Explore Small Cities & Towns in Washington's Palouse Region
The wide-open Palouse Region is home to many small towns boasting colorful traditions, lively attractions, and historic architecture.
Get to know some of the small cities and towns in each region, from hamlets of 100 to those with up to around 10,000 residents. These destinations offer visitors a more laid-back alternative to bustling cities. Read on to find out why these small towns are worth exploring.
Originally named Has-Hu-Tin (a Nez Perce word for “eel”) for the freshwater eels that used to run in a nearby creek, the riverside hamlet of Asotin along the Washington-Idaho border still boasts steelhead, sturgeon, bass, and more in the Snake River. The Asotin County Museum tells the story of the town’s early days, while Buffalo Eddy in Nez Perce National Historical Park offers the chance for visitors to see sacred petroglyphs and learn more about the tribe.
Located a short drive from scenic Steptoe Butte State Park and the ghost town of Elberton, Colfax makes a great base for visiting interesting attractions, including the Codger Pole, a 65-foot-tall wooden pole with the wrinkled faces of 51 football players carved into it. The pole commemorates the 1988 rematch of a 1938 high-school rivalry game. Visitors can also explore the Perkins House, a restored Victorian built by one of the town’s founders in 1887.
Old-time Dayton, with its 100-plus historic buildings, is a little slice of the Columbia County of yore. The town holds a beautifully restored depot and the Boldman House Museum, an 1880 Victorian that’s been brought back to its former glory. A significant example of the Queen Anne style, the artifact-filled house serves as a time capsule of life in early Dayton.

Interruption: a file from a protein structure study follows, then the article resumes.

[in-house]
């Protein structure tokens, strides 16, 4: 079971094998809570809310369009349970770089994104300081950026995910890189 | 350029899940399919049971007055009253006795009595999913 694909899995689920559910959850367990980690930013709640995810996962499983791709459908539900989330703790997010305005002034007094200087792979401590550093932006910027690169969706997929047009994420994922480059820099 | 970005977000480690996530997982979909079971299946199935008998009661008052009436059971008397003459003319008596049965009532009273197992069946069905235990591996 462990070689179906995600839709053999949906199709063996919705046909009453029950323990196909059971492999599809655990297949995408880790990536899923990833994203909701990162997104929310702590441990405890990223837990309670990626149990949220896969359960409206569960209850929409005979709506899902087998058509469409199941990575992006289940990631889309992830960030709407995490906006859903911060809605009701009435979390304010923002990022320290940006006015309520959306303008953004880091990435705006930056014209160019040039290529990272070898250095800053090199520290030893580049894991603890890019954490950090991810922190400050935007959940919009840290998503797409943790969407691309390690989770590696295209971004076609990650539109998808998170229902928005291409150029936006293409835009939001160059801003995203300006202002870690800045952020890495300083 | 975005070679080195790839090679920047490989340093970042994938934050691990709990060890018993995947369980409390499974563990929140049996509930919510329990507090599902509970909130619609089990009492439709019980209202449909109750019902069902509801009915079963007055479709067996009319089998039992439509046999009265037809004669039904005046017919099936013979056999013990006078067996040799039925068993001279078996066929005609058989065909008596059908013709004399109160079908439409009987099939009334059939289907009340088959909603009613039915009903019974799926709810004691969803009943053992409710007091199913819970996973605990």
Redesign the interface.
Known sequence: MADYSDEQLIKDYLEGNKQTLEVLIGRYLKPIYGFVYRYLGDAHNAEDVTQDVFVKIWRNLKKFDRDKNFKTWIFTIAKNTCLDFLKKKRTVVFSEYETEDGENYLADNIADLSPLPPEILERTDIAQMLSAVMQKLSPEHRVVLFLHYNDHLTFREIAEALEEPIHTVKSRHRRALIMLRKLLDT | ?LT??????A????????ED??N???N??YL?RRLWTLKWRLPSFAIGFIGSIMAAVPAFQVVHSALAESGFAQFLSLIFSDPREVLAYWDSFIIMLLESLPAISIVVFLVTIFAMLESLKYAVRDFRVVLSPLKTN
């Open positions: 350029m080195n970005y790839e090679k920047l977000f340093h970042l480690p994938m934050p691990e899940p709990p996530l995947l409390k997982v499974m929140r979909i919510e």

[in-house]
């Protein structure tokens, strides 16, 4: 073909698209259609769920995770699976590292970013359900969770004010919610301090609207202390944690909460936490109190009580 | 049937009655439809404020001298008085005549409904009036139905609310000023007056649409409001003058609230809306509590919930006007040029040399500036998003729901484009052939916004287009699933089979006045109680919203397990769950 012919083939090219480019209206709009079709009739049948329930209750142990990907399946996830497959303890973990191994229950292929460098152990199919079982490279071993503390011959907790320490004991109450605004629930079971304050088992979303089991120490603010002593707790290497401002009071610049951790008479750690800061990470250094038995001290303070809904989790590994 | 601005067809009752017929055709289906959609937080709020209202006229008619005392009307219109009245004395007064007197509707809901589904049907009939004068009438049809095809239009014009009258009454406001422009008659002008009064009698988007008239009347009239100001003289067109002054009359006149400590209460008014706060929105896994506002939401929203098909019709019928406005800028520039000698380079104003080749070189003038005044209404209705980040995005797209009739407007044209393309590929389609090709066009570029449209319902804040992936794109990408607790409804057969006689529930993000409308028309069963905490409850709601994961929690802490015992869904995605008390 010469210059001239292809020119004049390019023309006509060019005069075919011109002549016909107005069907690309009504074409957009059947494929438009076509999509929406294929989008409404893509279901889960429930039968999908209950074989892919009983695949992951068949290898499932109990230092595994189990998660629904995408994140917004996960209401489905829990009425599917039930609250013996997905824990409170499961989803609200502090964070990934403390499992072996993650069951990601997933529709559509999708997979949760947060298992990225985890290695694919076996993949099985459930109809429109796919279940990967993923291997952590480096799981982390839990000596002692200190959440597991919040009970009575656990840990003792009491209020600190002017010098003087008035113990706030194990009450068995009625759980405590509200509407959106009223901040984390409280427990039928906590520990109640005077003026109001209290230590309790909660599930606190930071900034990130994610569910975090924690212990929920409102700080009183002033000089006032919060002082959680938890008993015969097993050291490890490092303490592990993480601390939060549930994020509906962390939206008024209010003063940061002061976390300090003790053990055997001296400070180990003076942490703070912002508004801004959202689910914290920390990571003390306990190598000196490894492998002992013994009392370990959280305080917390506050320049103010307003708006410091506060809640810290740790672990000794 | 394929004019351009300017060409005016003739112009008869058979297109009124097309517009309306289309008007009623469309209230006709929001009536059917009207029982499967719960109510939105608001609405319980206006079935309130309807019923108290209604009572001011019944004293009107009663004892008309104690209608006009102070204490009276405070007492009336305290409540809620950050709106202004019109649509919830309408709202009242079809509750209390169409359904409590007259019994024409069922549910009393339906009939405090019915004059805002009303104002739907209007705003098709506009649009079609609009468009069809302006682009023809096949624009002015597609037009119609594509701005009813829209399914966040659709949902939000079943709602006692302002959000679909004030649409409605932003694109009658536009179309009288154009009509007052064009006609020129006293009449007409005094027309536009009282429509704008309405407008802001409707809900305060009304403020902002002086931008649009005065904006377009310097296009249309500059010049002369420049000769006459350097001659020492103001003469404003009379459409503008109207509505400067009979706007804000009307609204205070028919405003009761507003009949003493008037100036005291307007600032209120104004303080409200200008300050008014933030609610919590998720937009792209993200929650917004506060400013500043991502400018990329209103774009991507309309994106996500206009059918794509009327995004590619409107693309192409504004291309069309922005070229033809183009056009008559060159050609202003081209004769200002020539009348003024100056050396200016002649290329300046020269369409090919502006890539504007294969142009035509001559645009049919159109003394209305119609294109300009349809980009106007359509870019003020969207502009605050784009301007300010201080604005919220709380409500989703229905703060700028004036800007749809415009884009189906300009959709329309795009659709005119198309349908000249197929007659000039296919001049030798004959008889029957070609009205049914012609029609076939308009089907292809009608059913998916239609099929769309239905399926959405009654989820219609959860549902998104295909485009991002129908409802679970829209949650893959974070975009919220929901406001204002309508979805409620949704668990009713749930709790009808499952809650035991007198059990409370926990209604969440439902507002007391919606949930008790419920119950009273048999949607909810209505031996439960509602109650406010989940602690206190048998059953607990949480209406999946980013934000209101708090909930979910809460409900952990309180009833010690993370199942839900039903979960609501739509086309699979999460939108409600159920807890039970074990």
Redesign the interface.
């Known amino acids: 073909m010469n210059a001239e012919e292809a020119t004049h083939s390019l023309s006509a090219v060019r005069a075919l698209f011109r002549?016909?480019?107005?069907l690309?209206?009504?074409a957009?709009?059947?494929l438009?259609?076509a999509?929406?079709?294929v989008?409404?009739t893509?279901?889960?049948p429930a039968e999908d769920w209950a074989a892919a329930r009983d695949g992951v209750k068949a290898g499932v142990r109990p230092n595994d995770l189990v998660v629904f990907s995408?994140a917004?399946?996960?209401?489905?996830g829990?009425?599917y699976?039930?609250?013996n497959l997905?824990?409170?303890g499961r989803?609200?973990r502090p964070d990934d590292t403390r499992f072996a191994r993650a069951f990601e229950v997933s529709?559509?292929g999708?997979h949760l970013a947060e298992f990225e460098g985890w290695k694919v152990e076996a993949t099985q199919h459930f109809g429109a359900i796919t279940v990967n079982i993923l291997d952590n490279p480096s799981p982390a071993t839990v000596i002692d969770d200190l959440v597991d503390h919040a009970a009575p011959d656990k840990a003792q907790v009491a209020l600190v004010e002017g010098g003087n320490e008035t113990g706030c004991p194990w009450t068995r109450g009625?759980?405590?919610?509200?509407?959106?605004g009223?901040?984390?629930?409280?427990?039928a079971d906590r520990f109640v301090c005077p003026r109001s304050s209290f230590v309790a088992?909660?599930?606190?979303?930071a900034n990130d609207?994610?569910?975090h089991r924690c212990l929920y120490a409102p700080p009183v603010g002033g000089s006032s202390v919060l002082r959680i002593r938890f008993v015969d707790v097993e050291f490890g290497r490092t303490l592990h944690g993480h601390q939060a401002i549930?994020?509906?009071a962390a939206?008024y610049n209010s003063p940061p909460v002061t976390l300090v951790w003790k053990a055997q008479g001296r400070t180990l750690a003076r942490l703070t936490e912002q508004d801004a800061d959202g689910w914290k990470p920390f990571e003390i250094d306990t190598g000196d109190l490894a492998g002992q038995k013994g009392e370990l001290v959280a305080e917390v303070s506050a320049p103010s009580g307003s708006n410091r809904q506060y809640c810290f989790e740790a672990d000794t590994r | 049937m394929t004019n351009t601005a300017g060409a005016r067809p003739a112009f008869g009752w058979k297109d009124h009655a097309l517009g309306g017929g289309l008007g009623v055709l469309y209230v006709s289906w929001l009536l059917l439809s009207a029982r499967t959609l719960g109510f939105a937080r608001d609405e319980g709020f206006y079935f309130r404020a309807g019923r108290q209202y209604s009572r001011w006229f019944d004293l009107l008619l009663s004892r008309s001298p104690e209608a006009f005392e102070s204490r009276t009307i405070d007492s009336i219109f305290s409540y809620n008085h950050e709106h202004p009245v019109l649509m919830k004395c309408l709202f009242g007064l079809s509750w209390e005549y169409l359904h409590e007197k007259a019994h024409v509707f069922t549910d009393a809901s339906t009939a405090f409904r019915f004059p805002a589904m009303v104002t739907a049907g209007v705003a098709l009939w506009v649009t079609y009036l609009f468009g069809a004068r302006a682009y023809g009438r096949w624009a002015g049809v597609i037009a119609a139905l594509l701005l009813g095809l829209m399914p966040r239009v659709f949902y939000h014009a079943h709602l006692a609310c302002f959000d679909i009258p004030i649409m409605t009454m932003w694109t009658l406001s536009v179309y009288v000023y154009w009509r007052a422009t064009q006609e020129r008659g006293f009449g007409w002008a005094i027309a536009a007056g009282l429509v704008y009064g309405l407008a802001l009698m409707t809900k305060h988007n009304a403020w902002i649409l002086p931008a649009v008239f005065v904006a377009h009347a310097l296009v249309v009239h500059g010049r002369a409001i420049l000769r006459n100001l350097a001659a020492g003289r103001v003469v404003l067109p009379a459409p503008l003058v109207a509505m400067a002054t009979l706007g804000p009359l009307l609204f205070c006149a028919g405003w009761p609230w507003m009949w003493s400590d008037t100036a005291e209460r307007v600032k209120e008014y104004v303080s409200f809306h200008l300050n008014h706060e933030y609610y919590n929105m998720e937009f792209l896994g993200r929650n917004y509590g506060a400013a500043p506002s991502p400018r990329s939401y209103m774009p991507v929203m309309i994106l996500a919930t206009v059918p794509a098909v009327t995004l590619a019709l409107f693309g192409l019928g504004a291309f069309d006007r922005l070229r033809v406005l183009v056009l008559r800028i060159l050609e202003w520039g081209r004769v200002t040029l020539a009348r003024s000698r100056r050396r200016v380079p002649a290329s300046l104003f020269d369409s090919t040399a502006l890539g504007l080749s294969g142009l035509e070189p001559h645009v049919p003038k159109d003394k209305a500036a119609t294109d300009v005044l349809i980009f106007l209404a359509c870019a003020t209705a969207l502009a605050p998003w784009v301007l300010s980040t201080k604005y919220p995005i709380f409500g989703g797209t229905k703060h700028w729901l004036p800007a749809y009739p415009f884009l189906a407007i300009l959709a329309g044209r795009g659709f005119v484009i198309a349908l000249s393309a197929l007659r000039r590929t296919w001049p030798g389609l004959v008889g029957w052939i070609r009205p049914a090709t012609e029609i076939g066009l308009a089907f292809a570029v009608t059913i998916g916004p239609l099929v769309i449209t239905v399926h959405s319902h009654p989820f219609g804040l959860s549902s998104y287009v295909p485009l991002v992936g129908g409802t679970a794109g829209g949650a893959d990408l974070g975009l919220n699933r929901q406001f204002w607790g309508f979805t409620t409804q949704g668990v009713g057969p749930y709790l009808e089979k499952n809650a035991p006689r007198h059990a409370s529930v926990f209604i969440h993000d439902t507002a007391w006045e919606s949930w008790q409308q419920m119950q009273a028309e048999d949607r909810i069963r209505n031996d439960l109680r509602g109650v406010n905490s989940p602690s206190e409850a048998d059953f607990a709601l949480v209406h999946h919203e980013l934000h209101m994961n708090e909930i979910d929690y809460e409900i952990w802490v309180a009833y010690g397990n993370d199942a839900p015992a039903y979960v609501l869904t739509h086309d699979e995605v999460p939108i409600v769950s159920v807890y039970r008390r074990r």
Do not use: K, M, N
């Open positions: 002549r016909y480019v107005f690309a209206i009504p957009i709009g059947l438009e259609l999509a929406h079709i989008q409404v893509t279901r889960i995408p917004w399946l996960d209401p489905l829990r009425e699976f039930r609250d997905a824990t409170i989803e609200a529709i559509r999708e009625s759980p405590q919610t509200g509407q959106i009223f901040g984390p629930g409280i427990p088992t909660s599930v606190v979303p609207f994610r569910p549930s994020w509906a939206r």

Named for the region and the river that runs through the middle of town, Palouse offers an abundance of outdoor activities, from driving the Palouse Scenic Byway and paddling the Palouse River to exploring Kamiak Butte State Park. Step back in time and explore the evolution of the news industry at the Roy M. Chatters Newspaper and Printing Museum. The Bank Left Gallery, housed in an old bank, showcases regional artists in a sunny space adjacent to a Euro-style tearoom.
Founded in 1888, Ritzville sits in the heart of Washington’s wheat country. The wheat-shipping business brought prosperity to the town, and today the downtown area is listed on the National Register of Historic Places. History enthusiasts will enjoy exploring the Railroad Depot Museum with its restored Northern Pacific caboose and the Dr. Frank R. Burroughs home. For families, the Ritzville Water Park provides an inviting place to cool off during the summer months.
Tucked at the base of a mountain of the same name, this town of under 800 marks the end of the 300-mile Palouse to Cascades State Park Trail that traces a former railway from the Cascades to the Idaho border. In the middle of town is the Empire Theatre, a restored 1940s art deco space that now functions as a performing arts center hosting live music, comedy shows, and dance recitals.
Incorporated in 1879, tiny Uniontown is especially winsome with its early 1900s buildings in downtown. The gorgeous St. Boniface Church, built in 1905, was the first consecrated Catholic church in the State of Washington. The convent next door has been converted into a quaint B&B.